Meaningful Geocoding - Address Search & The Two Core Principles of Geocoding

There are many things involved in Searching for Places. It’s not the easiest thing to do because, as it turns out, the world is a complex place.

In our new series, Meaningful Geocoding, we’re going to share the principles and practices of geocoding that we’re incorporating as we build Pelias, our open source geocoder that powers our service Mapzen Search entirely on open data.

Searching for an address on 145th Ave. in Queens, NY. 145th Ave is next to 145th Road and 145th Drive.

Searching for an address on 145th Ave. in Queens, NY showing the streets 145th Ave, 145th Road, 145th Drive, right next to one another.

There are a lot of ways that people search for places. Sometimes they search for places by name, like like a business or a landmark. But not every place has a name and names can be just about anything.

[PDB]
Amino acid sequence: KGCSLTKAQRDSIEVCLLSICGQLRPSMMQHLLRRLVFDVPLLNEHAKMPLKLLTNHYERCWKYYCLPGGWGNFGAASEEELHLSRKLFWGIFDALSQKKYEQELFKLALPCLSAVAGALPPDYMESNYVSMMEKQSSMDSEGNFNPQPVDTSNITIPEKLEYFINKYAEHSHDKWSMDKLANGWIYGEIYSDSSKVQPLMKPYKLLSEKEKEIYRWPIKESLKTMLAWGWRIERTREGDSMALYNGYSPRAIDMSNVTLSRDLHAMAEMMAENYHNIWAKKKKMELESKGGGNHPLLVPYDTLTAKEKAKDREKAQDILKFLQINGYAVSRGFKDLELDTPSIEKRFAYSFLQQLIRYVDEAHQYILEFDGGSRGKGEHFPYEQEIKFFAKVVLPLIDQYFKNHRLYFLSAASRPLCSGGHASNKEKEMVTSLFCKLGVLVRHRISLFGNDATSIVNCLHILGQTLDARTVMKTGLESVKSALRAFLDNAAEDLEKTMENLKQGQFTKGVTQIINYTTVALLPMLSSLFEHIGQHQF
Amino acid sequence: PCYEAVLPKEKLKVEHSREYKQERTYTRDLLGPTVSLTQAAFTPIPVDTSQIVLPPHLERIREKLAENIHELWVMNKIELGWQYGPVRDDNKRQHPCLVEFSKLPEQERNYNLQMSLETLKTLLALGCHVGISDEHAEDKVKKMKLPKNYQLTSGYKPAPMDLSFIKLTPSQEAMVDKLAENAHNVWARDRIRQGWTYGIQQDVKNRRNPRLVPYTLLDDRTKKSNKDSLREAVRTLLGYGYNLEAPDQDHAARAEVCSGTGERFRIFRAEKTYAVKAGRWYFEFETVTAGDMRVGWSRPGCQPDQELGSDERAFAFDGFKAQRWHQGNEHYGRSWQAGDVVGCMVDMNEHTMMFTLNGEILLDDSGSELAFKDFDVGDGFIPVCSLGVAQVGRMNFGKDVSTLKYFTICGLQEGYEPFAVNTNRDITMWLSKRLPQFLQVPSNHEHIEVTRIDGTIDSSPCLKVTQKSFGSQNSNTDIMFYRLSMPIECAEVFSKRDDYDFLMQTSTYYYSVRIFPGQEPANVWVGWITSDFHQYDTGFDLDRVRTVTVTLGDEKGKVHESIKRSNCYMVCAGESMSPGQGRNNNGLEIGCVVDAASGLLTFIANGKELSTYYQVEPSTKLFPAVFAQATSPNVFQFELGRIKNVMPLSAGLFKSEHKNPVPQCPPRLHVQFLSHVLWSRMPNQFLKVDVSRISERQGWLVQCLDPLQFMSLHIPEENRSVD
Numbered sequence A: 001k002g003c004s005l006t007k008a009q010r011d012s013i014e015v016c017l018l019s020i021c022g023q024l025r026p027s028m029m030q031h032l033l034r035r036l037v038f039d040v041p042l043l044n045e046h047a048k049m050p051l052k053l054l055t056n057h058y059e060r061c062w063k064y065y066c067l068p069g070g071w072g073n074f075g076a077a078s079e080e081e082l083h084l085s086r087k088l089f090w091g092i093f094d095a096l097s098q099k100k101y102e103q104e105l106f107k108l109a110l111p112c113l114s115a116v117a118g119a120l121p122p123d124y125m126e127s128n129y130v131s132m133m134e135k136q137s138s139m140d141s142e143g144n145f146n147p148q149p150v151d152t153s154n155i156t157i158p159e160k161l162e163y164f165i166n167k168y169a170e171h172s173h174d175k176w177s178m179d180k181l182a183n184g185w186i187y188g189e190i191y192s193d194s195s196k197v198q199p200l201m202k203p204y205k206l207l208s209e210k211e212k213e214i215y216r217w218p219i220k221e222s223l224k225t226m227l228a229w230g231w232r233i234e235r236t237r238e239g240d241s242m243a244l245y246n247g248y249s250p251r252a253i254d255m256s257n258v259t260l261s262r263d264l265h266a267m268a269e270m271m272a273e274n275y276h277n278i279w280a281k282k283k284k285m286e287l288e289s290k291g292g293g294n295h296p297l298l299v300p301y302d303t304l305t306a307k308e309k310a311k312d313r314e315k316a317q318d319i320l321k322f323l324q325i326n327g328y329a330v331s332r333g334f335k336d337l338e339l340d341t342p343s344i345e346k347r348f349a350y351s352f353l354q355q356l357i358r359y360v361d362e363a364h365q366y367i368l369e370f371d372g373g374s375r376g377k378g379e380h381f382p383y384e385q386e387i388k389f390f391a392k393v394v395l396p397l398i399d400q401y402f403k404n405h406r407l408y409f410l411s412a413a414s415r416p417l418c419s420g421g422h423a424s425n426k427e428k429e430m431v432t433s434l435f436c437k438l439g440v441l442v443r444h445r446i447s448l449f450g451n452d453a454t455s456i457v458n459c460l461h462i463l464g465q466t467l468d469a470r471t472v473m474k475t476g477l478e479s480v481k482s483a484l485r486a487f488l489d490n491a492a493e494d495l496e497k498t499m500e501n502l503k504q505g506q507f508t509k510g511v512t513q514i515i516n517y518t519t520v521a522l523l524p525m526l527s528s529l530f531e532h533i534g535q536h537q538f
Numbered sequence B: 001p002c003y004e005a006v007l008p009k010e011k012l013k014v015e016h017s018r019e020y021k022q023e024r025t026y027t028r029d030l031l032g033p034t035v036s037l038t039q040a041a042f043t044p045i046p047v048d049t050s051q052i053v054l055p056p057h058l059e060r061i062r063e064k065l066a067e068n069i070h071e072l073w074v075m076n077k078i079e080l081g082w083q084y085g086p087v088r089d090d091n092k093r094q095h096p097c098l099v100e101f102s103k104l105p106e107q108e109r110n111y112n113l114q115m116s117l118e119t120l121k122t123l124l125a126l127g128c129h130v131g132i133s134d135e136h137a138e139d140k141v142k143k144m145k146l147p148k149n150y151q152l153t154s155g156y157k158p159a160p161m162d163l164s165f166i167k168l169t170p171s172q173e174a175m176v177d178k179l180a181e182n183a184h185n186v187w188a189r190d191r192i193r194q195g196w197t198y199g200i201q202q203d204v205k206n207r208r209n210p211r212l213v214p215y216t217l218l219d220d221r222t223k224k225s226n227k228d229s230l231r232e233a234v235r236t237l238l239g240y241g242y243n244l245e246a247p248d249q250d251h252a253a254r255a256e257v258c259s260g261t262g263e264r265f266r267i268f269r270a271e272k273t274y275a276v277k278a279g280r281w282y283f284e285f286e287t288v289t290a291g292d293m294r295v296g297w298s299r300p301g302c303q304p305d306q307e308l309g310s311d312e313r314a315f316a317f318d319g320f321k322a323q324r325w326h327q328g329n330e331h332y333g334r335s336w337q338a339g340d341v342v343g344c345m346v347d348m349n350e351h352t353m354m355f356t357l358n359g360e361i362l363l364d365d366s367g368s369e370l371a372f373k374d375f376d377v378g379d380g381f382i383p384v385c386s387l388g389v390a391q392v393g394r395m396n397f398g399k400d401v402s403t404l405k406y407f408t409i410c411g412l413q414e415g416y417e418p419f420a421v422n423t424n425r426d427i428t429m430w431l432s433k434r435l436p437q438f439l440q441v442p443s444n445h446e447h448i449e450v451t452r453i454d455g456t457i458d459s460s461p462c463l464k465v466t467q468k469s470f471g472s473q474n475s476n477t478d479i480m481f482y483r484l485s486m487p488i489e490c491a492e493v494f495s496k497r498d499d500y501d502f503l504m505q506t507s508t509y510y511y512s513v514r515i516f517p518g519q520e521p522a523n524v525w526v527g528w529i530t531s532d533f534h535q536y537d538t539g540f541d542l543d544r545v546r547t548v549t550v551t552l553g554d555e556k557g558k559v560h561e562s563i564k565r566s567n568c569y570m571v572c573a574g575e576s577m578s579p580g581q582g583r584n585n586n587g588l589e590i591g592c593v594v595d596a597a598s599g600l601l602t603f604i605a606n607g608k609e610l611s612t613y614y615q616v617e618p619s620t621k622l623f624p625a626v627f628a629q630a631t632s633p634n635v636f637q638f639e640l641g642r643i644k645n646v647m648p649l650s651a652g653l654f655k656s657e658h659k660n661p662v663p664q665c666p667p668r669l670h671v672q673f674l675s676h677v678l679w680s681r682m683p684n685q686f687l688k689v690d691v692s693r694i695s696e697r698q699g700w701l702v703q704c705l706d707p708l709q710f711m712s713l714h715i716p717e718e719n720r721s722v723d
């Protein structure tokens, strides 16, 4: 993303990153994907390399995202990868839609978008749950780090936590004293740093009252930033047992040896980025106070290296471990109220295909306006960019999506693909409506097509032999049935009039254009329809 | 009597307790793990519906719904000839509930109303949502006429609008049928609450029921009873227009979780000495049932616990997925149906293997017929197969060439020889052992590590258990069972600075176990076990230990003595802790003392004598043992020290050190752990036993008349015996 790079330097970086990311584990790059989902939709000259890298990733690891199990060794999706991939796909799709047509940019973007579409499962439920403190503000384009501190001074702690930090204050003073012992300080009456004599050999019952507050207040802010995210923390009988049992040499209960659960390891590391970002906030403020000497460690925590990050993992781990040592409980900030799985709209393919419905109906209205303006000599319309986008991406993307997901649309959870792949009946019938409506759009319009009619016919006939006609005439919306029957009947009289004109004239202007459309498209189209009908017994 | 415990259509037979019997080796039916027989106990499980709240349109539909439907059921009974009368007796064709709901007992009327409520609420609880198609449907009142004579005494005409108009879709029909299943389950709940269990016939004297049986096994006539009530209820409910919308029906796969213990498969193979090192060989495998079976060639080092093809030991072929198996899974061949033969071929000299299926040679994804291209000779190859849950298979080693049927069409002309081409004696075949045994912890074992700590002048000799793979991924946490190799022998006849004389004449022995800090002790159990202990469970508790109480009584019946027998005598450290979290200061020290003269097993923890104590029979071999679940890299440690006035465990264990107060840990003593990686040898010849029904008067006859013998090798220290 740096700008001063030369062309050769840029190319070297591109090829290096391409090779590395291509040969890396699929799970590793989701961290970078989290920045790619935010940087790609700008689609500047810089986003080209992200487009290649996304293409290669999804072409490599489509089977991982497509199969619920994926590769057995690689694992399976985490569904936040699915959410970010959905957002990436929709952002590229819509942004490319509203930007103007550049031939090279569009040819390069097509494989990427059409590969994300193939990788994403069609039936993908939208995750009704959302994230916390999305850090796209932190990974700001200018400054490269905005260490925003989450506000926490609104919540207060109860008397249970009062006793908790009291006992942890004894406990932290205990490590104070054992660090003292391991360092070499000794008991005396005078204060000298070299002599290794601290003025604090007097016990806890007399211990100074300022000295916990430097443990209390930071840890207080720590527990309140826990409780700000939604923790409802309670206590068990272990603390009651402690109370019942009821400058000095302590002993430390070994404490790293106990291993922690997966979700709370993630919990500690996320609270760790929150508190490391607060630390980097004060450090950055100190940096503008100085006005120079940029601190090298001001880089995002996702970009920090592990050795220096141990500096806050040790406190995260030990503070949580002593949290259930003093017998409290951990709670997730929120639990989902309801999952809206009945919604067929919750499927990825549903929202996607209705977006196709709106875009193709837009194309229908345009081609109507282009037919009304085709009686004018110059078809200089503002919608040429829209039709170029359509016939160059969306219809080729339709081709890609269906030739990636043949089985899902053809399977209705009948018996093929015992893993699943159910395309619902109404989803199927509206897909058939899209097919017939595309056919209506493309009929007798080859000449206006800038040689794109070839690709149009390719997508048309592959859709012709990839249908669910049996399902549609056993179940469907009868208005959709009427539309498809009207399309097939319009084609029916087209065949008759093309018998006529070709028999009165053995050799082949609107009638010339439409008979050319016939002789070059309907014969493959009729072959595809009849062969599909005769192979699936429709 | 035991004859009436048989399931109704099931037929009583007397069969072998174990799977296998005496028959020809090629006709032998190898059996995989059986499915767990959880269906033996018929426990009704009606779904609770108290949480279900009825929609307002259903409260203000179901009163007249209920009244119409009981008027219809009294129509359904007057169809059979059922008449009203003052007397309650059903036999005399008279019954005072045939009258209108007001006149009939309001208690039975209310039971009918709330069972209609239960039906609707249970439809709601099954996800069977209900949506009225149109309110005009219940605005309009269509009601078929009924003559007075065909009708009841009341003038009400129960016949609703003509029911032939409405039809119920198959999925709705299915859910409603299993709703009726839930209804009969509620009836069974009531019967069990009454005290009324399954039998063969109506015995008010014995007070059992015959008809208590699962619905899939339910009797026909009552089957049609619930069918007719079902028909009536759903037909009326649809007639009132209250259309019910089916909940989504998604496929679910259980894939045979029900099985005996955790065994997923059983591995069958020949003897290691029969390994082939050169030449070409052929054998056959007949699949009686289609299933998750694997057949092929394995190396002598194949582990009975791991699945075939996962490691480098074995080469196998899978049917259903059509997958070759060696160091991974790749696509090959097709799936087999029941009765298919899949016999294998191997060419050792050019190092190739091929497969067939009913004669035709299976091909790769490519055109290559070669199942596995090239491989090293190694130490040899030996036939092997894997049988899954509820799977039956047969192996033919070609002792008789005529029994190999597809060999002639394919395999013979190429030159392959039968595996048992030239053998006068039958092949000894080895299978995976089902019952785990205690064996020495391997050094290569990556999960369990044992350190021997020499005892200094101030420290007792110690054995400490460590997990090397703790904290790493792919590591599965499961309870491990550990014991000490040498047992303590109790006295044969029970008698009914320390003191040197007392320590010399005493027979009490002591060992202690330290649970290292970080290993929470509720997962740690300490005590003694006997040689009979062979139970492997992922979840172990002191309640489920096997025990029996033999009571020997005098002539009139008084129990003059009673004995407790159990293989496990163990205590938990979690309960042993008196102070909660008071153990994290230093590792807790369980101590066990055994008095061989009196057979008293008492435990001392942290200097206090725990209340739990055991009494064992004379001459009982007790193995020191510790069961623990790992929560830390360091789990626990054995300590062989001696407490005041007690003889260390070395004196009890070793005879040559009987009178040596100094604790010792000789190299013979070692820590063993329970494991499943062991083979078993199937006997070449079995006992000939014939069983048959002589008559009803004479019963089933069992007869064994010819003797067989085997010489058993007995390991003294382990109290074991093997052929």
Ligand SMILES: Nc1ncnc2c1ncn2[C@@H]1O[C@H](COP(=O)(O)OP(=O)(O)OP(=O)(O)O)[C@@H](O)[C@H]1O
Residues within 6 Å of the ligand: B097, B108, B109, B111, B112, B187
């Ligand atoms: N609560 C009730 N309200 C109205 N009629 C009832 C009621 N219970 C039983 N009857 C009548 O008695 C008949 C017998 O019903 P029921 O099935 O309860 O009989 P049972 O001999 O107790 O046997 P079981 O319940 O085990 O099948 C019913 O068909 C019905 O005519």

But nearly every place has an Address. They’re long, they’re complex, they’re compound, and they can act as unique identifiers for a place. There are systems and patterns embedded in addresses providing incremental hinting about location, and we can use these patterns to return the best results, even if the addresses themselves don’t always make the most sense.1

With that in mind, here are some principles that we’re taking to heart as we build Mapzen Search and Pelias.

Heterogeneous and Unambiguous

When someone performs a search on a geocoder, the places that come back are ideally:

  • Heterogeneous
  • Unambiguous

Heterogeneous results match what the user entered for all matching places, big and small. That is, if the user only provides “New York” it’s perfectly fine to return New York the city, New York the county, and New York the state.

Unambiguous results match what the user entered. In other words: don’t return what the user didn’t ask for. If the user entered “New York, NY”, don’t return “Village of New York Mills, Oneida County, NY” or “West New York, NJ”.

Principles of Addressing

Users are, for the most part, rational individuals who provide input in a coherent fashion. Really! People’s searches take the form of : what they’re looking for, where.